Streamlytics, a privately held company, is a new type of data broker/partner that focuses on working with consumers with an emphasis on small and wide data, initially in the African-American demographic, comprise of almost 47 million people in the United States and one of the largest diasporas in the country. The company’s value is undergirded by patent pending technology that unifies disparate data, an innovation in first-party data.

Streamlytics extracts added insights from smaller data sets using advanced processes to enhance training data that can be used with artificial intelligence (AI) to help it work more efficiently. The company’s wide-data analytics involve analyzing different degrees of data sources, both structured and unstructured. The largest first-party data provider of African-American data, Streamlytics has gathered more than 400million data points from the world’s largest platforms, including Amazon, Netflix, Google, Uber and AppleTV+. The month-over-month growth for data points is an impressive 123% from June 2020–June 2021, or 2,900% during the 12 months.

Analysts at Gartner see small and wide data as the future because of its superior 360-degree view of market trends. Gartner predicts that 70% of organizations will switch to small and wide data by 2025, in part because of “hyper-personalization and customer experience improvement.” Streamlytics is focused on leveraging changing markets and economics, positioning itself with a strong solution to capture market share.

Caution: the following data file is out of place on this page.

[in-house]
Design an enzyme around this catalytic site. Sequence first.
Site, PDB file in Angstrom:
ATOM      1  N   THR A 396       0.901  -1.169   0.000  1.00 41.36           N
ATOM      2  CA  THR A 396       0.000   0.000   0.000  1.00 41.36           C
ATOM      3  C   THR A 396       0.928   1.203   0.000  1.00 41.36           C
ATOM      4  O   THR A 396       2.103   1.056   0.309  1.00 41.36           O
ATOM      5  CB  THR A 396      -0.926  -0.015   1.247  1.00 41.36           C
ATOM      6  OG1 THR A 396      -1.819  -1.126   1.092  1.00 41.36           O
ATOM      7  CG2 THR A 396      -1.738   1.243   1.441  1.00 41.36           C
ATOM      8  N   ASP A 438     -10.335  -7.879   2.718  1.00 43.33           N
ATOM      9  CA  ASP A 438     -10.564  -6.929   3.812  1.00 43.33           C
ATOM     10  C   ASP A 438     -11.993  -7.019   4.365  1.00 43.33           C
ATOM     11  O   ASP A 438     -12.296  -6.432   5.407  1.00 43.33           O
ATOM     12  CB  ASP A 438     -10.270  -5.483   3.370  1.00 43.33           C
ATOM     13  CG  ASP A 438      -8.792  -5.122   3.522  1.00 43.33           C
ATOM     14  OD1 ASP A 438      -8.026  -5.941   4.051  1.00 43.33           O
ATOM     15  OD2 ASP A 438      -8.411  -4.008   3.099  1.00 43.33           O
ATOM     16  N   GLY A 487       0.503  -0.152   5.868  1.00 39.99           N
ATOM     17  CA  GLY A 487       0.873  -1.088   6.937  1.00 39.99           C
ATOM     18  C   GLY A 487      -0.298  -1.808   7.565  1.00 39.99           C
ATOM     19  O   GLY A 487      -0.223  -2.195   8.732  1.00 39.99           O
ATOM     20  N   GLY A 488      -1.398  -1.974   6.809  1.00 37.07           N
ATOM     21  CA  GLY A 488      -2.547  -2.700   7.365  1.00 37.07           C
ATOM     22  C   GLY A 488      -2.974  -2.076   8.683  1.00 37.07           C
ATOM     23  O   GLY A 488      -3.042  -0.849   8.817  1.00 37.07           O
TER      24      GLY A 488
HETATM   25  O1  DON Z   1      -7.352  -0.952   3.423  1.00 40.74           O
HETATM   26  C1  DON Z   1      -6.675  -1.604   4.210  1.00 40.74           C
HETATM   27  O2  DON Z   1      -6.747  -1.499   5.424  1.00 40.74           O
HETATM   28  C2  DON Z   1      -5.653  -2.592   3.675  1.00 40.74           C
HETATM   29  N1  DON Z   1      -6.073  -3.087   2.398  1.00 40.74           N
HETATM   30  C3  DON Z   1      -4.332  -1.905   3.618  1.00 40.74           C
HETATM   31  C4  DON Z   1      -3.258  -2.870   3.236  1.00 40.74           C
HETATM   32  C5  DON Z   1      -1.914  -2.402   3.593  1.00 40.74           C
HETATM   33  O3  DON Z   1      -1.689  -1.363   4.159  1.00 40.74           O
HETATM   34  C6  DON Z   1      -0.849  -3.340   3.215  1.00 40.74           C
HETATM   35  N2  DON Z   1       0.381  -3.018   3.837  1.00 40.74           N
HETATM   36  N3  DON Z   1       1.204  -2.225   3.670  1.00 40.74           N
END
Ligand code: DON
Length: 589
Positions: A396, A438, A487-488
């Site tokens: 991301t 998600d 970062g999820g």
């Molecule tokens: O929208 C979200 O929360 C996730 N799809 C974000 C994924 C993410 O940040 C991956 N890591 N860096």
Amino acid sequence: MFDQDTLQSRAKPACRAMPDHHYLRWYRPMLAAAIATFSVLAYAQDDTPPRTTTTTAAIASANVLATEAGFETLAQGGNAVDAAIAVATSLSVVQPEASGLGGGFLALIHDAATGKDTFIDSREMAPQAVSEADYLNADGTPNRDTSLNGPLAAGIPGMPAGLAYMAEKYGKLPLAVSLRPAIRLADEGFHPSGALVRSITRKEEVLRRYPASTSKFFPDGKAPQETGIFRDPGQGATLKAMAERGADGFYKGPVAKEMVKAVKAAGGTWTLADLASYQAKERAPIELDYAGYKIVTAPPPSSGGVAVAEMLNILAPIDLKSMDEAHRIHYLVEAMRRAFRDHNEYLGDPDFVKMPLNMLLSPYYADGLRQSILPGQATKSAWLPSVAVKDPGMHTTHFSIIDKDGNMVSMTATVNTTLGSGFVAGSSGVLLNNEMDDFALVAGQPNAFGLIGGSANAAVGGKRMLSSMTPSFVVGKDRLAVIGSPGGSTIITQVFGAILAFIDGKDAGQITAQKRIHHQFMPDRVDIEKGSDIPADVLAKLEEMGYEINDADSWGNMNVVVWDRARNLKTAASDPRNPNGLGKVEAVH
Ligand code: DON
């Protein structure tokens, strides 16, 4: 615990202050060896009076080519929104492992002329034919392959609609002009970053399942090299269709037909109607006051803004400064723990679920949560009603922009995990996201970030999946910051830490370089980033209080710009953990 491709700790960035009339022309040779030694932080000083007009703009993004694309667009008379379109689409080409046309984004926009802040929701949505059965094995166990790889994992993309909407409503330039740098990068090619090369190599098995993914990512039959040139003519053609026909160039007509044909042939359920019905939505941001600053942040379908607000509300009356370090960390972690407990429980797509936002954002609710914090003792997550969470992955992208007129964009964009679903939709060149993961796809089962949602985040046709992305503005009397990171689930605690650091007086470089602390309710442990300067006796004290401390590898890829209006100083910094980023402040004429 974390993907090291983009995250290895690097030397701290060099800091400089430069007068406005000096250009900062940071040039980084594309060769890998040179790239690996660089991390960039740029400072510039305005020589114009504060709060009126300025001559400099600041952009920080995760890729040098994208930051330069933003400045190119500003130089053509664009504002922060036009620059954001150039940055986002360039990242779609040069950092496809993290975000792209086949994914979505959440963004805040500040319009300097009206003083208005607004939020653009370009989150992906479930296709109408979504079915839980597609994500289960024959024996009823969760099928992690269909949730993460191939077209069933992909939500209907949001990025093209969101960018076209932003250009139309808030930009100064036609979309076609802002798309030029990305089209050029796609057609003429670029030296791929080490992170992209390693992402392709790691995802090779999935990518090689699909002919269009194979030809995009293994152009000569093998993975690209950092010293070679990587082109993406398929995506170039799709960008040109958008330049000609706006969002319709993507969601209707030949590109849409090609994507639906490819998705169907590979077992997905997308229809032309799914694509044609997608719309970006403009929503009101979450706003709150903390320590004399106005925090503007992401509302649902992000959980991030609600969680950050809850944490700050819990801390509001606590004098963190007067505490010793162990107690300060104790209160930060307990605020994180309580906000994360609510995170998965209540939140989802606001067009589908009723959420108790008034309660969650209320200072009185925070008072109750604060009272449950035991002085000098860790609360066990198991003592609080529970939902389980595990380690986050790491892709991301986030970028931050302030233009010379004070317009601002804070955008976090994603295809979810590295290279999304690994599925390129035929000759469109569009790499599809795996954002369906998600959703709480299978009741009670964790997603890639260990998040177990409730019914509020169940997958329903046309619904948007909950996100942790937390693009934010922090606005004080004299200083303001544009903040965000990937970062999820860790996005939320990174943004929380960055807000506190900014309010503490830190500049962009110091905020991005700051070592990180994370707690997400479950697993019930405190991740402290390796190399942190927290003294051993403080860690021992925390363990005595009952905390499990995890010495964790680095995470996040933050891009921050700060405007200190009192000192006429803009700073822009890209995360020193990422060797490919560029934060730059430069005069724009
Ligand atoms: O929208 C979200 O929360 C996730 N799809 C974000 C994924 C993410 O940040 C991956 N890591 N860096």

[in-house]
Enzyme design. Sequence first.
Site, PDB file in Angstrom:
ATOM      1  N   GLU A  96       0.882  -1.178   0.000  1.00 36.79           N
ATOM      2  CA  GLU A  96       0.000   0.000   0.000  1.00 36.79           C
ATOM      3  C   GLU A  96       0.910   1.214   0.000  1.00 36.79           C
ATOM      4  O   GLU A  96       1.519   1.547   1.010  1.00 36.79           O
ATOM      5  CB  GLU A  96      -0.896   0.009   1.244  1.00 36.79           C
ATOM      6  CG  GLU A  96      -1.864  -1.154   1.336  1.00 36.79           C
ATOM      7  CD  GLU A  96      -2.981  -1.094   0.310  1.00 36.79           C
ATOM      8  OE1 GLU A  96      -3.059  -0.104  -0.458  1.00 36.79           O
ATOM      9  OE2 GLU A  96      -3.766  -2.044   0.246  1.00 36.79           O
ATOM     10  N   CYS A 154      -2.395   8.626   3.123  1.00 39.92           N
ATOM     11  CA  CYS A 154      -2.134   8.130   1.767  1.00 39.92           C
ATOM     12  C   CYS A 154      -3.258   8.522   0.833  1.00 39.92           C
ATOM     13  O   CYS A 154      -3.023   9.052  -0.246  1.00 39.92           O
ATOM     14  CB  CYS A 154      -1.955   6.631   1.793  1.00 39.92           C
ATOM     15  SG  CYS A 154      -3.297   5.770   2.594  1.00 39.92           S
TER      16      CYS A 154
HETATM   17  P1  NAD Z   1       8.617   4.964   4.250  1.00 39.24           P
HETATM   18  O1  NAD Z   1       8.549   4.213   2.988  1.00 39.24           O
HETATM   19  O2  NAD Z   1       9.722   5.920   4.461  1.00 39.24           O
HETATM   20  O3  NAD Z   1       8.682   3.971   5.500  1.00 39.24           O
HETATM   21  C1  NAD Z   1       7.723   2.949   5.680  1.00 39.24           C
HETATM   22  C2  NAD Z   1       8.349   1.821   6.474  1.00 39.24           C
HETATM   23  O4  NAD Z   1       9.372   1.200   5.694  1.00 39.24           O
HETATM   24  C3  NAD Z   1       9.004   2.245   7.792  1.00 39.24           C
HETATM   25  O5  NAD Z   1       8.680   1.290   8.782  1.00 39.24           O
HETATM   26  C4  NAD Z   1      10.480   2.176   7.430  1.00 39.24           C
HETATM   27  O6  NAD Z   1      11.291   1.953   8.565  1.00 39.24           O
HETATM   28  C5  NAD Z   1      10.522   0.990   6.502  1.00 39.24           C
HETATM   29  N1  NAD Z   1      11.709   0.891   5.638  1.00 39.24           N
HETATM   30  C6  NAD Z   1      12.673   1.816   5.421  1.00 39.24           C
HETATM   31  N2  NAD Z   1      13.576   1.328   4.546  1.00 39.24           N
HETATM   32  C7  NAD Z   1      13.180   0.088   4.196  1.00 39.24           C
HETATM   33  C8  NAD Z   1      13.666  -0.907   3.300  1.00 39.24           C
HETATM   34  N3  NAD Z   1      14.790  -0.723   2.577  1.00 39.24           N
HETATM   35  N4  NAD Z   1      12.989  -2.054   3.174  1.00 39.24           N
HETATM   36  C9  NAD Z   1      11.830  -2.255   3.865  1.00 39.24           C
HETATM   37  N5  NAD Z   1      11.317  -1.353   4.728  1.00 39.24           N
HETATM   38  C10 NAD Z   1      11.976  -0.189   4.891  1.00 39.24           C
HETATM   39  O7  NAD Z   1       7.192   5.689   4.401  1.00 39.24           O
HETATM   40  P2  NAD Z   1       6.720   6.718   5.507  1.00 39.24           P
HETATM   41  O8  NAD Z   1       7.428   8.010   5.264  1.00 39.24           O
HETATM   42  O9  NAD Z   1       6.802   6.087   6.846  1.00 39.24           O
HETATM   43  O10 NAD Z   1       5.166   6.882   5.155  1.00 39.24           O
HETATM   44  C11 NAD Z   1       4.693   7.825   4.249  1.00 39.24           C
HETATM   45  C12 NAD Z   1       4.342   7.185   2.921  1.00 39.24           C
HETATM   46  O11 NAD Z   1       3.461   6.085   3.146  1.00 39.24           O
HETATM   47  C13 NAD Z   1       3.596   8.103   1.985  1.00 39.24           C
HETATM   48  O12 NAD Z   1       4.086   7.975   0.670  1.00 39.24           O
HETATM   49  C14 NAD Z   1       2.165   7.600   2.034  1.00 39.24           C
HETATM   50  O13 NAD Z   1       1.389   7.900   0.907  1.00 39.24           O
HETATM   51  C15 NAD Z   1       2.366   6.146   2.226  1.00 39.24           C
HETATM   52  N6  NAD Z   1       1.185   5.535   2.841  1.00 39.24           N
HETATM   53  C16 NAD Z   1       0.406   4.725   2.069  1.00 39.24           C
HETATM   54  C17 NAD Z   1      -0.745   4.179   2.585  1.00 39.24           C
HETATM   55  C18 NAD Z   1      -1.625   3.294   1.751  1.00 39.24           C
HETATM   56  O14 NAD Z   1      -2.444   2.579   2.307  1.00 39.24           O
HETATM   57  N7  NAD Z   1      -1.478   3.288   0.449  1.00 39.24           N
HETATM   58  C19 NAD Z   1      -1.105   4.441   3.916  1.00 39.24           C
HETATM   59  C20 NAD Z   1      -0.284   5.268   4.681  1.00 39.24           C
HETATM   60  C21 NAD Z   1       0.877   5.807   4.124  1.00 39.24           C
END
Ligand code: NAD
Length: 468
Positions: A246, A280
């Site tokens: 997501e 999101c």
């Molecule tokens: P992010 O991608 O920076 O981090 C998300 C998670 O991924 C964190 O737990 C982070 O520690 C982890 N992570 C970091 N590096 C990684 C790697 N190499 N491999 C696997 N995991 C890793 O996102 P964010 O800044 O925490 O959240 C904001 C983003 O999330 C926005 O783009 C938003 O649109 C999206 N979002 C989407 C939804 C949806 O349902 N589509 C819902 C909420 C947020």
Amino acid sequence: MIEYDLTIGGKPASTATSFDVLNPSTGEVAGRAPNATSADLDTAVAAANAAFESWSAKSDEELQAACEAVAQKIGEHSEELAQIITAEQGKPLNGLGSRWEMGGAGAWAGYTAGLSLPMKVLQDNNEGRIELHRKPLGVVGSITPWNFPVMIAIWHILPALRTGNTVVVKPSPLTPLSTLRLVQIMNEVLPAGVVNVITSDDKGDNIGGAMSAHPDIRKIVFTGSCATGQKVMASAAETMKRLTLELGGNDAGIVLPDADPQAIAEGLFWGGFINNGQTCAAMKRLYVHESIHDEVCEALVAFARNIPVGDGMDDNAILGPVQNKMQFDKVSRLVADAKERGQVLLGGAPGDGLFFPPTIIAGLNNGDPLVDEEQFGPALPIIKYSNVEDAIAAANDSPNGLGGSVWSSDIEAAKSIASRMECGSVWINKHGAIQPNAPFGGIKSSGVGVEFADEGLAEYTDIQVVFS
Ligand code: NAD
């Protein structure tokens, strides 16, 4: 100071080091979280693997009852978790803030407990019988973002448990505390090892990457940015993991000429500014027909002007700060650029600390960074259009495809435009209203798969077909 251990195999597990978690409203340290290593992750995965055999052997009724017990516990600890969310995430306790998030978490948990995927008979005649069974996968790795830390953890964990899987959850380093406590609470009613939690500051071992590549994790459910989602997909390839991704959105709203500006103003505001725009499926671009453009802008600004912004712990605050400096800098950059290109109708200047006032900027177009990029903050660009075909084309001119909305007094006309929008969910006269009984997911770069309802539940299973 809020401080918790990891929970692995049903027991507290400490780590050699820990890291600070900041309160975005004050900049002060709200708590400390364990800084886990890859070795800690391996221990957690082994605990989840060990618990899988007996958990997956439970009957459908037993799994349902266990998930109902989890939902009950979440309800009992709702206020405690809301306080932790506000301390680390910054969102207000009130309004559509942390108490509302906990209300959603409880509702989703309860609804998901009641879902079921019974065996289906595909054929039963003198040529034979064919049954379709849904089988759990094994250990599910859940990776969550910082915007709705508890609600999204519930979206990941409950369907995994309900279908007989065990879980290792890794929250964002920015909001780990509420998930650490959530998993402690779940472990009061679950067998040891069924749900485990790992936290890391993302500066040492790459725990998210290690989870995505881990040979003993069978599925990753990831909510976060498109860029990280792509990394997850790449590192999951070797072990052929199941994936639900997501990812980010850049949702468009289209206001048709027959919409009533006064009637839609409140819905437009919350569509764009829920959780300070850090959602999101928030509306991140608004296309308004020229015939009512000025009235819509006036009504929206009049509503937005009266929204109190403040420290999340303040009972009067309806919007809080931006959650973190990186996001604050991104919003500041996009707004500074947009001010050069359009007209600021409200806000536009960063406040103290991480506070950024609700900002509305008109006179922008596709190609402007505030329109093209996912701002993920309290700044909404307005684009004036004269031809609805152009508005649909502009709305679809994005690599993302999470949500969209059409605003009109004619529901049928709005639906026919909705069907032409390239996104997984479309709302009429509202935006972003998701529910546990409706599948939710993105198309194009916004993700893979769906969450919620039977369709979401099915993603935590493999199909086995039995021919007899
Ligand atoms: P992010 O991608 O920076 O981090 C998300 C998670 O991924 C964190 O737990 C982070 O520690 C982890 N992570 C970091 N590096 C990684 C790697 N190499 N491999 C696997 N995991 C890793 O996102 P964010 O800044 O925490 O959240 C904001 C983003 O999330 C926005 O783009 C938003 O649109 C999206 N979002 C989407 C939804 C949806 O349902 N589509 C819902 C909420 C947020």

Clture Drives Value

Streamlytics is leading a new category of data company called “community-driven data.” Benefits of this approach abound, including fostering inclusion at the societal level and representation from a branding purview. The company prides itself on data density rather than data measurement, meaning that the quality of the data outweighs quantity.

Streamlytics’ flagship product is a consumer-face data acquisition app branded Clture. Clture aligns perfectly with consumer demand to control private data rather than be relentlessly tracked and exploited for free. Instead, Clture allows African-American consumers to own their private information through a data license. With Clture, consumers are giving a choice and a voice like never before. The consumer can put a quantitative price to their data via Streamlytics proprietary data value algorithm if they choose to sell their data.

Through this model of paying consumers for their data, Streamlytics collects a comprehensive set of consumer, demographic, and consented data. Competitors’ marketplace solutions are far less robust, giving Streamlytics a competitive edge.